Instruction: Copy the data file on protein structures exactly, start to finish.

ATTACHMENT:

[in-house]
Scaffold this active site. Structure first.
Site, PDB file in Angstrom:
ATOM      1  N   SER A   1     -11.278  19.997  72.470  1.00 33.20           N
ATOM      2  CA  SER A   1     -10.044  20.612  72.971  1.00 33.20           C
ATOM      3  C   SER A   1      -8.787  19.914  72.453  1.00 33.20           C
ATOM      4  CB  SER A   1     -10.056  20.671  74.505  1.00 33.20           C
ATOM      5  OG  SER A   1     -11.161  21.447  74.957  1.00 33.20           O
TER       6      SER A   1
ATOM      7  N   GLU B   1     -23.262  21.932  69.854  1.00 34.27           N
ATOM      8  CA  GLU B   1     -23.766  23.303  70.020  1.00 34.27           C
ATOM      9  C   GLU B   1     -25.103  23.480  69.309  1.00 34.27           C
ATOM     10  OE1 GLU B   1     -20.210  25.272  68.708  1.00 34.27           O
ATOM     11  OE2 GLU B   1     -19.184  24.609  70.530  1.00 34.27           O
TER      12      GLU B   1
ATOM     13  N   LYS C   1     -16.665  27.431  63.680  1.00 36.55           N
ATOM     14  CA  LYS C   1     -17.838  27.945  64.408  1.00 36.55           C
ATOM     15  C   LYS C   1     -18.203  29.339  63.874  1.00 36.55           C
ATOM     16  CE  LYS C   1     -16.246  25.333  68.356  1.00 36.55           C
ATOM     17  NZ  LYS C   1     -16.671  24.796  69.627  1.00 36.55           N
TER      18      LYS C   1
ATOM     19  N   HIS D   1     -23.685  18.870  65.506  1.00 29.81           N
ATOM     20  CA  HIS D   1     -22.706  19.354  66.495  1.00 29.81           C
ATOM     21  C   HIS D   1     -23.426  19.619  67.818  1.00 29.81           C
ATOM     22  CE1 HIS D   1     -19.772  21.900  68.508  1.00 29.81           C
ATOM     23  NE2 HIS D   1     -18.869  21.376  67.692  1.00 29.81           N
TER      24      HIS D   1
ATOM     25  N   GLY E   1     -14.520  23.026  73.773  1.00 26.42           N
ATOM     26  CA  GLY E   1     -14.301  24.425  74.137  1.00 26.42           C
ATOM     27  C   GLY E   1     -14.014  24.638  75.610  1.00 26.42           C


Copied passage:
[in-house]
Scaffold this active site. Structure first.
Site, PDB file in Angstrom:
ATOM      1  N   SER A   1     -11.278  19.997  72.470  1.00 33.20           N
ATOM      2  CA  SER A   1     -10.044  20.612  72.971  1.00 33.20           C
ATOM      3  C   SER A   1      -8.787  19.914  72.453  1.00 33.20           C
ATOM      4  CB  SER A   1     -10.056  20.671  74.505  1.00 33.20           C
ATOM      5  OG  SER A   1     -11.161  21.447  74.957  1.00 33.20           O
TER       6      SER A   1
ATOM      7  N   GLU B   1     -23.262  21.932  69.854  1.00 34.27           N
ATOM      8  CA  GLU B   1     -23.766  23.303  70.020  1.00 34.27           C
ATOM      9  C   GLU B   1     -25.103  23.480  69.309  1.00 34.27           C
ATOM     10  OE1 GLU B   1     -20.210  25.272  68.708  1.00 34.27           O
ATOM     11  OE2 GLU B   1     -19.184  24.609  70.530  1.00 34.27           O
TER      12      GLU B   1
ATOM     13  N   LYS C   1     -16.665  27.431  63.680  1.00 36.55           N
ATOM     14  CA  LYS C   1     -17.838  27.945  64.408  1.00 36.55           C
ATOM     15  C   LYS C   1     -18.203  29.339  63.874  1.00 36.55           C
ATOM     16  CE  LYS C   1     -16.246  25.333  68.356  1.00 36.55           C
ATOM     17  NZ  LYS C   1     -16.671  24.796  69.627  1.00 36.55           N
TER      18      LYS C   1
ATOM     19  N   HIS D   1     -23.685  18.870  65.506  1.00 29.81           N
ATOM     20  CA  HIS D   1     -22.706  19.354  66.495  1.00 29.81           C
ATOM     21  C   HIS D   1     -23.426  19.619  67.818  1.00 29.81           C
ATOM     22  CE1 HIS D   1     -19.772  21.900  68.508  1.00 29.81           C
ATOM     23  NE2 HIS D   1     -18.869  21.376  67.692  1.00 29.81           N
TER      24      HIS D   1
ATOM     25  N   GLY E   1     -14.520  23.026  73.773  1.00 26.42           N
ATOM     26  CA  GLY E   1     -14.301  24.425  74.137  1.00 26.42           C
ATOM     27  C   GLY E   1     -14.014  24.638  75.610  1.00 26.42           C